What would happen if Georgia and Alabama played 10 times?
“It probably would look like that every game,” Bulldogs wide receiver Tavarres King said. “And there would be several different outcomes.”
Georgia doesn’t have that luxury. The Dogs lost the SEC championship game 32-28 at the Georgia Dome. They came that close to playing for a national championship.
They had a chance at
(I’ll be back with my column on the Georgia-Alabama SEC championship soon. Until then, here are my three “short takes” on the game.)
1. Great drive until the last decision: Trialing 32-28, Georgia was given a second chance to drive for a winning touchdown when an Aaron Murray interception was turned over on replay, which showed the ball hit the ground. So with the ball at the Dogs’ 28 on second-and-10, Murray then capitalized when completed passes to Arthur Lynch (15 yards), Tavarres King (23) and Lynch again (26), moving the ball to the Alabama 8. However, with the final seconds (from :09 after Lynch’s second catch) ticking down, Murray did not take the ensuing snap and spike the ball to stop the clock. Instead, he ran a play and completed a tipped pass to Chris Conley, who was tackled at the Alabama 5 and time ran out. It was a great three plays and a dreadful fourth. While it’s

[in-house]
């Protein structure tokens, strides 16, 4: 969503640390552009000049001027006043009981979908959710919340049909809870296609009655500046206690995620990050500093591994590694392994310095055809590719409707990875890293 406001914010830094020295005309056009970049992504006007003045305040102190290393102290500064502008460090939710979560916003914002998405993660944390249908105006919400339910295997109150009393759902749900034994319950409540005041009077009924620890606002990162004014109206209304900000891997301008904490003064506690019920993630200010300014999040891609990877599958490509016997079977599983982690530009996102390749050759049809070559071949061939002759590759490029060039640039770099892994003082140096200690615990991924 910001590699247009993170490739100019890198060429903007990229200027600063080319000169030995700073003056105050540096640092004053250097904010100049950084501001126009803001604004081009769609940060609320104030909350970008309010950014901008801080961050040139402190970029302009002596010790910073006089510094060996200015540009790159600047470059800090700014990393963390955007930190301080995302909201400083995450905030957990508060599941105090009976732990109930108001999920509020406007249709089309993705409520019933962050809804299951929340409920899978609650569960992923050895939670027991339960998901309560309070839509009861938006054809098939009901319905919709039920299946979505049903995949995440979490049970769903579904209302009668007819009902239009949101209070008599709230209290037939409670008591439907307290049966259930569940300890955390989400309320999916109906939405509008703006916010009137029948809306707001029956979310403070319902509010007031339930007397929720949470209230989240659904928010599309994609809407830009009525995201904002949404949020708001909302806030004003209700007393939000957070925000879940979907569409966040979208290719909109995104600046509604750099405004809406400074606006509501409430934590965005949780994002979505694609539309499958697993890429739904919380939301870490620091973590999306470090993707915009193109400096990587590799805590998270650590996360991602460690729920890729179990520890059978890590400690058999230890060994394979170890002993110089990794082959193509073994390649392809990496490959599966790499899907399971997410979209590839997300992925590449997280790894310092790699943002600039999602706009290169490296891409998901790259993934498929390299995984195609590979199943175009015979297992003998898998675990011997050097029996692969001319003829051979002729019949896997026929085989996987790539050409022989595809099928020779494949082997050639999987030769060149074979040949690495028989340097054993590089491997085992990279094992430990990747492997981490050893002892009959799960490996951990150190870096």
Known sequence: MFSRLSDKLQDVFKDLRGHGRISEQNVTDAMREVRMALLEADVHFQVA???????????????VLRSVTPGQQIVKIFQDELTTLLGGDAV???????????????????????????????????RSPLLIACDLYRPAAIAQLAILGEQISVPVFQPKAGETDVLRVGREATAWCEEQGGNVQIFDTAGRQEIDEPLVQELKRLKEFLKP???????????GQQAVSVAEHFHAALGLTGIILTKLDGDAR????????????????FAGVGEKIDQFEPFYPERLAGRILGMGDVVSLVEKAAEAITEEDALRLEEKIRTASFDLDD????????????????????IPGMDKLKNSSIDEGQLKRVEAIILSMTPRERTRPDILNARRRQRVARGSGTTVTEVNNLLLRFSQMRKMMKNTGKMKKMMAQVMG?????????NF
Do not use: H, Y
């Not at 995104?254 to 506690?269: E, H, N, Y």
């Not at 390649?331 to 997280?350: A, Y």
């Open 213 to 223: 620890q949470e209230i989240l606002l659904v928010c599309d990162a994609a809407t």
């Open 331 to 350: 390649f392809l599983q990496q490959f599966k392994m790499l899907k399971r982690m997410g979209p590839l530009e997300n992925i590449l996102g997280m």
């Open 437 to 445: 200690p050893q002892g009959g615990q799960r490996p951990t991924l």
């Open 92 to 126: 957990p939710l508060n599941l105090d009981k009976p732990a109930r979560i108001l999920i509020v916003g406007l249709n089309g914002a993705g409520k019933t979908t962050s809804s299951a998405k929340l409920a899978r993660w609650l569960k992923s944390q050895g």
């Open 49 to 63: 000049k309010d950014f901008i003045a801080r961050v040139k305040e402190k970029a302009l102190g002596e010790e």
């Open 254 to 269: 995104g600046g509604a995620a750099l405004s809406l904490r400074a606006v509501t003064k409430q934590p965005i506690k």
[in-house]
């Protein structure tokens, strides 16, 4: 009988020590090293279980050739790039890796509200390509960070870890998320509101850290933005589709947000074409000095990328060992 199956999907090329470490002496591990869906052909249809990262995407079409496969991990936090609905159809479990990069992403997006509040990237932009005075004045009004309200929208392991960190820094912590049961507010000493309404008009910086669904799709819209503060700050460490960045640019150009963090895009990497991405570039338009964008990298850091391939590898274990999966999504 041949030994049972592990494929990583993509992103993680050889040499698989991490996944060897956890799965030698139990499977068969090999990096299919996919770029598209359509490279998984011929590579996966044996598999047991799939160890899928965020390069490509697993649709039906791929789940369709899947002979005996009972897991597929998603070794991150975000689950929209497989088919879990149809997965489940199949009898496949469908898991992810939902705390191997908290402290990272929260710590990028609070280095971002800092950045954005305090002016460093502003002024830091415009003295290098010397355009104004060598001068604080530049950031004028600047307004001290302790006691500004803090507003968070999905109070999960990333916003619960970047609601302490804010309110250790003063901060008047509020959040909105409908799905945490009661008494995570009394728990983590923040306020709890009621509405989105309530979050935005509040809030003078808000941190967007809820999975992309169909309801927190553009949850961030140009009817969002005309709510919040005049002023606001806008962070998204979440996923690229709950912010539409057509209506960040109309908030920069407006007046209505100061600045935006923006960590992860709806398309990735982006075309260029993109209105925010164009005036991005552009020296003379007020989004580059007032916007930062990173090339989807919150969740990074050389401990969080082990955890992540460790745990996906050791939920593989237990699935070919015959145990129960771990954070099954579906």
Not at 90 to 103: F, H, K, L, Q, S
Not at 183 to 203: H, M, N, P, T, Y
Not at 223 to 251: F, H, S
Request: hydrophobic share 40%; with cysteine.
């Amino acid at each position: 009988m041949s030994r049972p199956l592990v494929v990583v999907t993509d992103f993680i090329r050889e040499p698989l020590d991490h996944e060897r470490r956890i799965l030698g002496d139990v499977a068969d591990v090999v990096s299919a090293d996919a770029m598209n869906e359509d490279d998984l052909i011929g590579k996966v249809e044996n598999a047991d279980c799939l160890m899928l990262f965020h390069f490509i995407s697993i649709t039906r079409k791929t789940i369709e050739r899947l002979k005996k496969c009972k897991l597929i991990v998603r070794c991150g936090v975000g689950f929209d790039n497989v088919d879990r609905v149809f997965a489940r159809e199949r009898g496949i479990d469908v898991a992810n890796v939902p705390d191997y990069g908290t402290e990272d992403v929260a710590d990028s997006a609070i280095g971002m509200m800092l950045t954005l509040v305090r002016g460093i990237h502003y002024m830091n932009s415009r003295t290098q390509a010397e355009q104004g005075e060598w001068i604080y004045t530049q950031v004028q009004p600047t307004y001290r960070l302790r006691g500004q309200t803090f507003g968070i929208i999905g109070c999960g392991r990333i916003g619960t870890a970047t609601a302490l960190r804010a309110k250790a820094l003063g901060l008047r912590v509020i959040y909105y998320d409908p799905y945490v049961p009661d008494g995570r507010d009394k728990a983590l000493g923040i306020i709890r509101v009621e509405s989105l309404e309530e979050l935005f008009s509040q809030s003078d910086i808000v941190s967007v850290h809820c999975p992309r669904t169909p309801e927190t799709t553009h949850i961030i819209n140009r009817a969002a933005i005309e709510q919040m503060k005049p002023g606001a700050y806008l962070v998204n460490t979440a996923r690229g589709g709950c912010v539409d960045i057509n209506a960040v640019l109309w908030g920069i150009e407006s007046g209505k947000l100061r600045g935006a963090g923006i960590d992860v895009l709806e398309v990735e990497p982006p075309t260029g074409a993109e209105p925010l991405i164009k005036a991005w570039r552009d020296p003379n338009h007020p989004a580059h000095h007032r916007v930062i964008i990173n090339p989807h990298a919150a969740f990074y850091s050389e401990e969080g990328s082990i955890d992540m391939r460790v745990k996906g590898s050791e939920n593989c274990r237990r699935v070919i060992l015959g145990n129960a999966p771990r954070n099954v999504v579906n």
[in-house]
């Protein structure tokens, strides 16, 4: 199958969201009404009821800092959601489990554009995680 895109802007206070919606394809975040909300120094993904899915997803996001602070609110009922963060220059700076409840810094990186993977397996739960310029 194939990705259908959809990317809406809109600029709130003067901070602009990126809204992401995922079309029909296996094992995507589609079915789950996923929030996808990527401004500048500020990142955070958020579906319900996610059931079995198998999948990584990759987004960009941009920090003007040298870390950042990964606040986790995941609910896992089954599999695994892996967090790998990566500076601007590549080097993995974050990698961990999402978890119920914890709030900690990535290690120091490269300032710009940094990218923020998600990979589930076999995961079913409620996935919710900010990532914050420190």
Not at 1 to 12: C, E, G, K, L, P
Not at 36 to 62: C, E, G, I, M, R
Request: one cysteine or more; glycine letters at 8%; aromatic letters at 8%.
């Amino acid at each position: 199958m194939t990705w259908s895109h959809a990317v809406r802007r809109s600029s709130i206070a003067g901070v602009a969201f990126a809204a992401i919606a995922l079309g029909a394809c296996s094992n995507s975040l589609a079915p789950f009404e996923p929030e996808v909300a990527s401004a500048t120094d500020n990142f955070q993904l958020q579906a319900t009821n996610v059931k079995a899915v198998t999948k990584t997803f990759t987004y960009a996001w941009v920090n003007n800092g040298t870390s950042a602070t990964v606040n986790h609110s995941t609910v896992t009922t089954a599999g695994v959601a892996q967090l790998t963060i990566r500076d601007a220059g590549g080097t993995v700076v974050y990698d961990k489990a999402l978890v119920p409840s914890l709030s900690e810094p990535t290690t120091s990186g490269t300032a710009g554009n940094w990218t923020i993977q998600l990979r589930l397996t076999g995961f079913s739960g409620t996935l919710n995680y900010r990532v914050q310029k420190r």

Three years ago, Tommy Hanson was viewed as a precious commodity. The Braves would tell other teams, “Don’t even bother asking about him.” When the San Diego Padres asked about him anyway, as the key to a potential Jake Peavy trade, the Braves laughed. Not Tommy, he’s our guy.
On June 3, 2009, Braves general manager Frank Wren unceremoniously cut Tom Glavine, a future Hall of Famer who was expecting a call-up following a rehabilitation assignment. Why? Because they needed the spot in the pitching rotation for Hanson, who was called up on the same day. The younger Tommy now was their guy.
He was the Braves’ future. He was young and personable, a towering power pitcher who would be a staple of the team’s pitching staff for years.
Now Hanson is gone. Funny how quickly an athlete can go from being untouchable to, “Please, just take him.”
The Braves traded Hanson to the Los